Dr. Oz: Purple Foods | The Power Of Purple Foods




Dr. Oz Purple Foods: Dr. Oz The health-boosting power of purple foods; Purple foods contain anthocyanins, which are health-promoting chemicals that help protect cells and heal your body. Research suggests they play active roles in promoting eye and heart health, decreasing cancer cell proliferation and more. Anthocyanins are predominant in teas, honey, wines, fruits, vegetables, nuts, olive oil, cocoa and cereals.

Purple fruits and vegetables, including acai and blueberries, contain important nutrients that have shown many health benefits including anti-aging. These purple antioxidants, called anthocyanins, have been shown to protect the heart and vision, promote mental focus, and prevent oxidative stress. Resveratrol is another fat-soluble compound found in some purple foods, such as grapes, red wine, purple grape juice, peanuts, and some berries. Research has indicated that purple foods may provide a cure for cancer.

List of purple foods includes eggplant, purple carrots, purple cabbage, beets, blueberries, blackberries, black cherries, black raspberries, black currants, plums, elderberries, bilberries, figs, raisins, and pomegranates. The well-advertised acai berries, and Goji berries are also members of the purple family of foods.

Blueberries contain a large amount of antioxidants. Research has shown that eating blueberries can help you lose weight by reducing food cravings. In the study, those who consumed an extract of blueberries reduced their food intake by eight percent. Blueberries have also been shown to reduce cholesterol. Along with cranberries, blueberries help to prevent urinary tract infections because of a nutrient they contain called proanthocyanidin, which lines the urinary tract and prevents bacteria from sticking. Tests have also shown that blueberry consumption slows age-related memory loss.

Purple cabbage contains 36 different types of antioxidants, including the health-giving anthocyanins. There is evidence to suggest that purple cabbage helps build a healthy brain and a healthy heart and acts as a fat burner.

Include these purple fruits and vegetables into your diet at least 4-5 days a week along with dark green, orange and yellow foods for maximum benefits.

Purple Potatoes: Living up to their royal hue and lineage, purple potatoes have long been considered the food of gods — 7,000 years ago they were reserved for Incan kings in their native Peru. Today, purple potatoes are now grown in thousands of varieties in the US.

According to the USDA, potatoes with the darkest colors have more than 4 times the antioxidant potential than other potatoes. Purple spuds score as high as Brussels sprouts, kale or spinach on the antioxidant power scale. These potatoes are also a good source of complex carbohydrates, potassium, vitamin C, folic acid and iron.

Purple potatoes are available year-round, but less so January through April. You can find them in some grocery stores and farmers markets.

Plums and Prunes: Plums are a very good source of vitamin C, which can help with iron absorption. They are also a good source of vitamin A, vitamin B2 and potassium. In addition, plums are a good source of dietary fiber. A recent study found that regular prune consumption may decrease blood pressure and LDL (the bad) cholesterol. Additionally, both plums and prunes are full of phenols, natural compounds found in plants, which have protective properties.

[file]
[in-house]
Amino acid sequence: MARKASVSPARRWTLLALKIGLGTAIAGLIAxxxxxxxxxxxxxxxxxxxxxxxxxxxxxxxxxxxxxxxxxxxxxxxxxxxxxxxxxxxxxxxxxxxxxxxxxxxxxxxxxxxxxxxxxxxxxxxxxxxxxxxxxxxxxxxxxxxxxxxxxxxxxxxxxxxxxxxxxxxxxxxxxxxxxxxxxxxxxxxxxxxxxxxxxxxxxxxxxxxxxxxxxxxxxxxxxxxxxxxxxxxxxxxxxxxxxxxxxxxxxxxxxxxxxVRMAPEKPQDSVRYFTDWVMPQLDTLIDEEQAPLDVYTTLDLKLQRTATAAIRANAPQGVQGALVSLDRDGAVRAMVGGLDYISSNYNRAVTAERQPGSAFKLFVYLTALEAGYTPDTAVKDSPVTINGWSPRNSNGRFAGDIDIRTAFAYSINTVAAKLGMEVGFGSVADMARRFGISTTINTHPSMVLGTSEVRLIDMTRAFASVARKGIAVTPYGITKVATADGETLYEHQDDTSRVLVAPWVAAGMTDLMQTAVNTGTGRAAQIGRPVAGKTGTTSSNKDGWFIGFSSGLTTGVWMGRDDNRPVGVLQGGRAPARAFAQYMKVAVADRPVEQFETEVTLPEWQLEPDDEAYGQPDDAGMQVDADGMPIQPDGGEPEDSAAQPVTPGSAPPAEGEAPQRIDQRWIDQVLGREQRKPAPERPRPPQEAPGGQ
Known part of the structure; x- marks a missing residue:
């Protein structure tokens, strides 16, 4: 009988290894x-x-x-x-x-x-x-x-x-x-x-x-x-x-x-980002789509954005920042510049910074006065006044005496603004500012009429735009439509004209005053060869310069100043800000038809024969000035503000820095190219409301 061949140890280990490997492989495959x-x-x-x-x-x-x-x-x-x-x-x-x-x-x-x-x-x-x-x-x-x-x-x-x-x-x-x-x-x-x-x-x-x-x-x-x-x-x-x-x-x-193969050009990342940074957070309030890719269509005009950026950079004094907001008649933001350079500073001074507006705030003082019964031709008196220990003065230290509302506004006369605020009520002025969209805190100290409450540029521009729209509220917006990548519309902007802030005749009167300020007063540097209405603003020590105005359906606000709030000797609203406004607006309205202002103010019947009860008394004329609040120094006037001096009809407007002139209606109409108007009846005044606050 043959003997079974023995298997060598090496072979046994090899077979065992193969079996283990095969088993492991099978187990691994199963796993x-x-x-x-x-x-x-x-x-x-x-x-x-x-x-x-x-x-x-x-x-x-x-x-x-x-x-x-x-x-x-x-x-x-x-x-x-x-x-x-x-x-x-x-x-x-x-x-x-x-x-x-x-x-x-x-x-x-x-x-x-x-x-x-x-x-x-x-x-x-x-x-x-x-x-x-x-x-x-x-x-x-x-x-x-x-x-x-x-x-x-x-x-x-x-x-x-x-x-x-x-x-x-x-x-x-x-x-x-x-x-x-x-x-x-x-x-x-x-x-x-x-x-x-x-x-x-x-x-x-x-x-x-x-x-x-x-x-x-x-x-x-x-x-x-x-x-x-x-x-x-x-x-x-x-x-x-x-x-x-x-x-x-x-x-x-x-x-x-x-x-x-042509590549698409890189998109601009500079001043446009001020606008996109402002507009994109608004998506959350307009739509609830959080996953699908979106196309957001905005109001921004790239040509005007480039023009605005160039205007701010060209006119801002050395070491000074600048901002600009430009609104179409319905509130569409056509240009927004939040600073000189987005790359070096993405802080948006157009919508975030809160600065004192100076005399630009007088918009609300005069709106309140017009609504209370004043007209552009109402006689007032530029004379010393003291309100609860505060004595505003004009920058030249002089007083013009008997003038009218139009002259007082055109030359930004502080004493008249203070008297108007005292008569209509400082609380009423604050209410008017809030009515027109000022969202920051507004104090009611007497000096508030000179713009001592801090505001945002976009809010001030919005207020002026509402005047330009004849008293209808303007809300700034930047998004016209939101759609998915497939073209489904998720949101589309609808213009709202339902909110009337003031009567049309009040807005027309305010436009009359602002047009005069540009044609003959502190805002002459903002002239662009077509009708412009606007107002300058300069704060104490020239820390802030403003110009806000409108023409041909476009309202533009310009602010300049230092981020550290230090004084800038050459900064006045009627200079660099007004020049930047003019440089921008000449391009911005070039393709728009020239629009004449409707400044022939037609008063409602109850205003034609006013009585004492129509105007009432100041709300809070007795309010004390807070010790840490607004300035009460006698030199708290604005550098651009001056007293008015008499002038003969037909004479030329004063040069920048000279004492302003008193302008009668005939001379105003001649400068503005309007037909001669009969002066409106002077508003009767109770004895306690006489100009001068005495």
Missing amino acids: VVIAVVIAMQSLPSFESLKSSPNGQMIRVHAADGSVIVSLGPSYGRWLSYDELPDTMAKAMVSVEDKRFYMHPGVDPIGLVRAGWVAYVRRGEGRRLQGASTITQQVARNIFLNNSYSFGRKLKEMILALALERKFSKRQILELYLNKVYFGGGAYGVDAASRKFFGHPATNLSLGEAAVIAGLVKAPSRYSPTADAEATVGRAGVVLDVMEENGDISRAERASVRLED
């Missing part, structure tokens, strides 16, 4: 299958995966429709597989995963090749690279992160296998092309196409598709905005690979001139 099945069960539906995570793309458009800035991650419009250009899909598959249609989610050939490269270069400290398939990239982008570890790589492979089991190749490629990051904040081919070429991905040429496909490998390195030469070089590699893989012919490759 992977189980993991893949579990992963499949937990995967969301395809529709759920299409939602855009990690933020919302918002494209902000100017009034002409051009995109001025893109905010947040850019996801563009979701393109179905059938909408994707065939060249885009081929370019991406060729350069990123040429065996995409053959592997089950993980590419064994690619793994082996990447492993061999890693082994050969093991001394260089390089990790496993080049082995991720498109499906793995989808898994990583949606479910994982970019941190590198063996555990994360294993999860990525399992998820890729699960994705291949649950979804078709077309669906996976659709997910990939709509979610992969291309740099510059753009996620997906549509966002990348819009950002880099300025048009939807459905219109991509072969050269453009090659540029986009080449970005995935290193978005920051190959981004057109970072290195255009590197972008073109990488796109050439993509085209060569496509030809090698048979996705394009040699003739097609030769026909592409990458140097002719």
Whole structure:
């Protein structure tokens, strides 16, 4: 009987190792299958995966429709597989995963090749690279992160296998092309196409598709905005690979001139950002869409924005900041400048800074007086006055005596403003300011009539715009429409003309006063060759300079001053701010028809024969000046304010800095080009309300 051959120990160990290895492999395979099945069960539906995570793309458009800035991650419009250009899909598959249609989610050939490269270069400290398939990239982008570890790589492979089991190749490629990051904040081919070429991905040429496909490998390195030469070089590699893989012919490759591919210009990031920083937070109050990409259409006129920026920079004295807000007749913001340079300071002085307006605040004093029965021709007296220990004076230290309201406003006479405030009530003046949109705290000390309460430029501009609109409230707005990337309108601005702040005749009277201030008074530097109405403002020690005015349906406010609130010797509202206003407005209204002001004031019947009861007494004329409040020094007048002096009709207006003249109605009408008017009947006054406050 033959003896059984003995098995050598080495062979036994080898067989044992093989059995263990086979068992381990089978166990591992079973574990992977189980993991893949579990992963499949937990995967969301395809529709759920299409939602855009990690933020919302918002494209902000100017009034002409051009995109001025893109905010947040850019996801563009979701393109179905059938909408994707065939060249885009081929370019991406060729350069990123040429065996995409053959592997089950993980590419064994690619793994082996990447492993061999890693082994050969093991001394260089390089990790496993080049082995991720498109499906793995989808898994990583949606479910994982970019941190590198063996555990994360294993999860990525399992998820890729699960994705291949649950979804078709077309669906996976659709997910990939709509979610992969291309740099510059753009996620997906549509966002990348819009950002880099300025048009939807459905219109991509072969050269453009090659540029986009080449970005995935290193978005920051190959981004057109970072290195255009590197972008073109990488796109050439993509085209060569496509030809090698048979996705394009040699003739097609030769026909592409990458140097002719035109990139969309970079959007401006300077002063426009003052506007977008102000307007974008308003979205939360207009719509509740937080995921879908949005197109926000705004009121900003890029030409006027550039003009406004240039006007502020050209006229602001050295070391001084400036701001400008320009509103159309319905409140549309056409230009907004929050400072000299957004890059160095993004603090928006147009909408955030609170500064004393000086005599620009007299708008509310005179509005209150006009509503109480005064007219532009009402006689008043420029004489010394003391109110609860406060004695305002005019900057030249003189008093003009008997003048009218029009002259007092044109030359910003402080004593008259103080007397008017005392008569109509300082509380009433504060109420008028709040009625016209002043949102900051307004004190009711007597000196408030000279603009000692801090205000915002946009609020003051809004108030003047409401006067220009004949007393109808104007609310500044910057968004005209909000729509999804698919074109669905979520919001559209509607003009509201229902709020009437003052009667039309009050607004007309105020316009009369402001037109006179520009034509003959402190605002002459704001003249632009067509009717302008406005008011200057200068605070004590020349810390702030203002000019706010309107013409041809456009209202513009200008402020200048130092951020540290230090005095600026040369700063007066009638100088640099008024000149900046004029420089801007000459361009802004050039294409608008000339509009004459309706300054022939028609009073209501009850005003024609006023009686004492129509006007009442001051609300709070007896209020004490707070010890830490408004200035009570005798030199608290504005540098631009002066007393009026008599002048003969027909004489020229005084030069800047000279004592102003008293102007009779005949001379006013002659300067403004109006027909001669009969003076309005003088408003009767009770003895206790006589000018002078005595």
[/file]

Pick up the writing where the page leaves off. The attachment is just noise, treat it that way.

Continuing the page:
Plums are available from May to October, and prunes are available year round at grocery stores and farmers markets.

Purple Carrots: Purple carrots were first grown in the Middle and Far East, along with white, red, yellow, green and black versions. They are high in anthocyanins and pro-vitamin A carotenoids, which are powerful antioxidants. They may also help with weight management and glucose control, and in one study, those with high levels of carotenoids had about half the risk of diabetes.

You can find purple carrots year-round in farmer’s markets and some grocery stores and specialty stores.

Purple Cauliflower: Purple cauliflower is actually a type of broccoli that is purple and turns green upon cooking. Cruciferous vegetables have been touted for their cancer-fighting powers. Cauliflower has antioxidants and sulfur compounds that help your body get rid of the toxins that can damage cells and increase the risk of cancer.

Purple cauliflower season begins in late February; it can be found in specialty grocery stores and farmers markets.

Purple grapes, figs, passion fruit, raisins, plums and dried plums are popular purple fruits, but many berries–blackberries, blueberries, elderberries, cranberries, chokeberries and bilberries–count as purple foods, as well, and are some of the richest sources of anthocyanins. Blue and red fruits like concord grapes, cherries and pomegranates also are considered part of the range of colors included in the family of purple foods and are rich in disease-fighting anthocyanins.

Purple Vegetables: Eggplant is the most familiar purple vegetable, but there are many others. Purple carrots, purple cabbage, purple asparagus and purple-fleshed potatoes are colorful variations of familiar vegetables. Choices also include purple Belgian endive, purple peppers, purple olives and purple asparagus. According to Janet Helm with the Chicago Tribune, local farmers’ markets or specialty catalogs are good places to find purple foods like purple onions and purple kale.

Legumes and Grains: Purple pod pole greens have a vivid purple color that is lost in the cooking process. Also known as royal burgundy and royalty purple, the purple pods turn green when cooked. 



Purple grains include purple rice and purple wheat, which is native to East Africa and is used in breads and baked goods. Purple corn, which is common in Peru and a rich source of six anthocyanin antioxidants, is used to make purple corn flour.